A History of Hillbillies

Award-Winning Doc on the Appalachian People

BY: Claire Connors

Two years after the release of author J. D. Vance’s Hillbilly Elegy: A Memoir of a Family and Culture in Crisis, which landed at the top of the New York Times Best Seller List, twice, comes the award-winning documentary on the same topic. hillbilly, written, directed, and produced by former Kentucky resident, Ashley York (along with Sally Rubin and Silas House), is a deep dive into the historical meaning behind the word hillbilly in both the media and our culture, the history of the now-poverty-stricken coal-mining areas along the Appalachian Mountains, and the saga of its residents, past, present, and future.

Filmed in Kentucky, Virginia, West Virginia, Georgia, Ohio, and Tennessee, we meet the folks AKA “white trash,” who represent the hillbilly stereotypes we’ve come to know in movies like 1972’s action thriller, Deliverance. The filmmakers even track down the actors from that famous “Dueling Banjos” scene, Ronny Cox and Billy Redden, a real hillbilly local they found during filming. It’s a bittersweet recollection by Redden of his experience making the film.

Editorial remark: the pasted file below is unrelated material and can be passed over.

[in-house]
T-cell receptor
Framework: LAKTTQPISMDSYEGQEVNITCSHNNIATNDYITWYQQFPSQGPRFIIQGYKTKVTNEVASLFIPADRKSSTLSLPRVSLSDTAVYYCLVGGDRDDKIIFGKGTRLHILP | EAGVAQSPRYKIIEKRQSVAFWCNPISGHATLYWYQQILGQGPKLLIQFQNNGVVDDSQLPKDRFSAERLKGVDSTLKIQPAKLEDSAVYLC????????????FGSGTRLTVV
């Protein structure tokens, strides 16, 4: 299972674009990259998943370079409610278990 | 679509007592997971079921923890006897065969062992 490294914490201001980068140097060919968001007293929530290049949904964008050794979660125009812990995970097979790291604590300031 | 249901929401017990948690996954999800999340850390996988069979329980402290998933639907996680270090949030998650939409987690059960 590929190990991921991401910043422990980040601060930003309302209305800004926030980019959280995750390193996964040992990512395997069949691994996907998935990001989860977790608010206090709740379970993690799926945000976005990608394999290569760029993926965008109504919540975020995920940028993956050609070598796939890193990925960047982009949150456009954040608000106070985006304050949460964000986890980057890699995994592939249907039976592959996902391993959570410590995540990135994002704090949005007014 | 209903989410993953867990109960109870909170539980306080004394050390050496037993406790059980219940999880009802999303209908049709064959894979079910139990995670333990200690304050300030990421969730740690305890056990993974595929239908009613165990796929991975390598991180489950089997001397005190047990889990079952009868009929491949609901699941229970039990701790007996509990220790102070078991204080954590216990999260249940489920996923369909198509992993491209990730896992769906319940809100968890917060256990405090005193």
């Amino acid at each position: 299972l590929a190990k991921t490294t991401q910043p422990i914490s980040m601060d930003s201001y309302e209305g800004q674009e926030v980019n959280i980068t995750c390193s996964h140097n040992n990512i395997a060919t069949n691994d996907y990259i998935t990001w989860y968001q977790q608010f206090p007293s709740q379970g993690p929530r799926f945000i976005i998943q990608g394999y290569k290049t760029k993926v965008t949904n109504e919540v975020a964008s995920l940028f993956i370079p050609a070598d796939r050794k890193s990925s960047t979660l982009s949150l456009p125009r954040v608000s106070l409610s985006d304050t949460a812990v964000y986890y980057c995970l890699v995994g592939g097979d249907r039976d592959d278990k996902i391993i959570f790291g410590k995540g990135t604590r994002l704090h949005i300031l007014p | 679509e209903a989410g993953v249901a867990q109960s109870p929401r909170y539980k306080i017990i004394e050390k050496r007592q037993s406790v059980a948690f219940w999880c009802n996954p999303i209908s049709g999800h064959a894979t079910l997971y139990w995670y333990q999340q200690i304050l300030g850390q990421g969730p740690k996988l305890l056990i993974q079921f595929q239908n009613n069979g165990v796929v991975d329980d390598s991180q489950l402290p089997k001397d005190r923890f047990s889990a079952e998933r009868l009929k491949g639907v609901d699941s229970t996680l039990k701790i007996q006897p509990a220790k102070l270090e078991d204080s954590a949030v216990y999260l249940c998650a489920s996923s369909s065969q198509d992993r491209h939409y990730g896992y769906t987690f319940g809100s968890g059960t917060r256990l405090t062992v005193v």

We also get to know up-and-coming Appalachian communities of artists, feminists, poets, queers, activists, and an unexpected but much welcome fraction called Affrilachians, a group of black artists and writers who live and thrive in their rural hamlets and hollers. As diverse and politically left-leaning as these groups are, they still refer to themselves as hillbillies.

We first meet York as she’s returning home to dig up her own hillbilly roots a few months before the Presidential election. There she finds her family and the rest of the community wearing MAGA hats and chanting “lock her up.” The filming goes through to the end of the election with York’s family feeling very optimistic about their new President’s support of coal. We’d be very curious to hear what they think of his promises now.

hillbilly is currently in theaters.